In addition, the PSESA lacks access to a meaningful alternative mechanism to resolve bargaining impasses, such as arbitration. In essence, the Supreme Court held that a ban on the right to strike must be accompanied by a meaningful mechanism for dispute resolution by a third party. Quoting the trial judge's remarks, it was noted that no other essential services legislation in Canada is as devoid of access to independent, effective dispute resolution processes to address employer designations of essential services employees. In fact, "no strike" legislations are almost always accompanied by an independent dispute resolution process which acts as a "safety valve against an explosive buildup of unresolved labour relations tensions".

In conclusion, the Supreme Court held that the PSESA impairs the freedom of association much more widely and deeply than is necessary to achieve its objective of ensuring the continued delivery of essential services.

The PSESA was declared unconstitutional but the declaration of invalidity was suspended for one year. This should provide time to the Saskatchewan government to review its legislation.

Constitutionality of Amendments to the Certification Process

In the same judgment, the Supreme Court examined whether amendments to the Saskatchewan Trade Union Act, which introduced stricter requirements for a union to be certified, are constitutional.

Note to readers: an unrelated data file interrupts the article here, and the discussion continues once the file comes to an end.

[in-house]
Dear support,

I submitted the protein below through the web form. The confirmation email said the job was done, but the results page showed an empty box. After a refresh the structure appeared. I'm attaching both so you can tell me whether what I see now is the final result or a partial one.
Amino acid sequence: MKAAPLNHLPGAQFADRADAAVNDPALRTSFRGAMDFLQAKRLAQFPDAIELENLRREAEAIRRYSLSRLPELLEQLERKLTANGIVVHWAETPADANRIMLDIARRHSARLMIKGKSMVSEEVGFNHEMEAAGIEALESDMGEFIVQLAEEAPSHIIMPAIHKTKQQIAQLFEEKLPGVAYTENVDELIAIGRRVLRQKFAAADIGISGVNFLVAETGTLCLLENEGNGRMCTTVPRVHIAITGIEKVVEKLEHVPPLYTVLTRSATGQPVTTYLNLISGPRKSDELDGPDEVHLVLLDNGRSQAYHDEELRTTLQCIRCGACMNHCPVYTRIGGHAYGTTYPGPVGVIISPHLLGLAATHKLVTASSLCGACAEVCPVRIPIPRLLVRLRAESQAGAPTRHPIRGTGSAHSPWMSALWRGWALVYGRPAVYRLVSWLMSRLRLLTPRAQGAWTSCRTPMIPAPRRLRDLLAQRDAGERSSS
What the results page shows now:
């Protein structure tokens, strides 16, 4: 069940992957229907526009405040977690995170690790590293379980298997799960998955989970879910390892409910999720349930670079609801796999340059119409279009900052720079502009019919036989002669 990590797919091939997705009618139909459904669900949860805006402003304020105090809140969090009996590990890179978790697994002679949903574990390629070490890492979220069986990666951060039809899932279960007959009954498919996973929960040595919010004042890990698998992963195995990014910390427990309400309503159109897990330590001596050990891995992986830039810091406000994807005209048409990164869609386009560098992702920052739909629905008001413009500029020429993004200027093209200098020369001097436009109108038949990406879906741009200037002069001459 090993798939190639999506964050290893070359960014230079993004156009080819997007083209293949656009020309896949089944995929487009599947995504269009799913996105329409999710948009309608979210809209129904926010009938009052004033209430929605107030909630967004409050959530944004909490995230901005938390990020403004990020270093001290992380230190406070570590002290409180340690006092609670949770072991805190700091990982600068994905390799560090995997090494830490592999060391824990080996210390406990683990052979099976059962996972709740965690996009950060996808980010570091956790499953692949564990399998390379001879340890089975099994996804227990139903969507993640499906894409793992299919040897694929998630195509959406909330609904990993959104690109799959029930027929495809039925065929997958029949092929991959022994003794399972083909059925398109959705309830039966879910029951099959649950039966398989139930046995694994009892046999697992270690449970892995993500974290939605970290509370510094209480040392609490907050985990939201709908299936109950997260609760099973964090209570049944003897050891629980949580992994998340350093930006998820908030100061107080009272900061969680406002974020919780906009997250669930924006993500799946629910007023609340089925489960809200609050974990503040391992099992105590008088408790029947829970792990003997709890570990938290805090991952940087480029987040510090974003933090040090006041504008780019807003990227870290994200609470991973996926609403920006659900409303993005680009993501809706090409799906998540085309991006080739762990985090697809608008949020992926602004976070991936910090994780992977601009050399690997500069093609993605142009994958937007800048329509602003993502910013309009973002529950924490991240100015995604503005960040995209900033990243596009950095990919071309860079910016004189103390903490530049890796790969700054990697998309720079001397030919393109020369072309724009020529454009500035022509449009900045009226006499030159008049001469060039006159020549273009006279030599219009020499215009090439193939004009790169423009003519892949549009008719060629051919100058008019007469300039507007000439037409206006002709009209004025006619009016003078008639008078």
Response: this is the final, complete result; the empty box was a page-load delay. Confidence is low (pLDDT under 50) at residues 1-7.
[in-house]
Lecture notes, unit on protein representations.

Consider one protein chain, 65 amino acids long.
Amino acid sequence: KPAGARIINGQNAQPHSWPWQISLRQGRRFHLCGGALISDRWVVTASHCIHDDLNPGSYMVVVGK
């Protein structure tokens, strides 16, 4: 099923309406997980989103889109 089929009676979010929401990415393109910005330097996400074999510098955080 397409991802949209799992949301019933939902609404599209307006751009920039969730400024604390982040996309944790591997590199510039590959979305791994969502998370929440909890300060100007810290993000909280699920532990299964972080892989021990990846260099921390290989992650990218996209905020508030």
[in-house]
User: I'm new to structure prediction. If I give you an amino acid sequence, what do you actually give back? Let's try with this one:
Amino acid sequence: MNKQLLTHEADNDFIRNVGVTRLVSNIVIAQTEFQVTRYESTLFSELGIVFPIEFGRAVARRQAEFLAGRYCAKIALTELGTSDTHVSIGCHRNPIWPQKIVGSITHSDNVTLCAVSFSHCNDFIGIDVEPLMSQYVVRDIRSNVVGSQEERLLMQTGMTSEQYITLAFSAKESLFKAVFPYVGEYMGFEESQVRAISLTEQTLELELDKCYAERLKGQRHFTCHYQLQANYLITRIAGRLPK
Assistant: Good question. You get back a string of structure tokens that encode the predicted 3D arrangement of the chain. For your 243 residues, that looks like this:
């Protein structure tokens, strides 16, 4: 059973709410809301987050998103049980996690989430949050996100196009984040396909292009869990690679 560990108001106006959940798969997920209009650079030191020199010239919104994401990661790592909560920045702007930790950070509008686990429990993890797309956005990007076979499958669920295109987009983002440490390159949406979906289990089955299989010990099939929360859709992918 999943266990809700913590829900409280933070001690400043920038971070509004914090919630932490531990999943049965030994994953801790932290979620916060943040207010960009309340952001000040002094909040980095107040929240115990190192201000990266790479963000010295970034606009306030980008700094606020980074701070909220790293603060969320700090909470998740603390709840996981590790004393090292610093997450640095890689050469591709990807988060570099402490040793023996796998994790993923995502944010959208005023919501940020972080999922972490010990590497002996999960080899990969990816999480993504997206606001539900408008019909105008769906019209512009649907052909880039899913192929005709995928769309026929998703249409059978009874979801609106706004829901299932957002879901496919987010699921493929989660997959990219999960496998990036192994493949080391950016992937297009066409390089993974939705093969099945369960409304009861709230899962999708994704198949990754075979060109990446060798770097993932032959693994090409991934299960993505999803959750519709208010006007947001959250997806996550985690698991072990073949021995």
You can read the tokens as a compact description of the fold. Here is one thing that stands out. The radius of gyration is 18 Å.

The amendments included an increase in the required level of written support for union certification (from 25% to 45%); the elimination of automatic certification with 50% employee written support; a reduction in the period for receiving written support from employees from six months to three; a reduction in the level of advanced written support needed for decertification. These changes also broaden the scope of permissible employer communications to include facts and opinions.

The Supreme Court dismissed the constitutional challenge against these amendments. Although it has long been recognized that the freedom of association protects the right to join associations of the employees' choosing, the amendments do not substantially interfere with that right. Compared to other Canadian labour relations statutory schemes, these requirements were found not to constitute an excessively difficult threshold such that the employees' right would be substantially interfered with.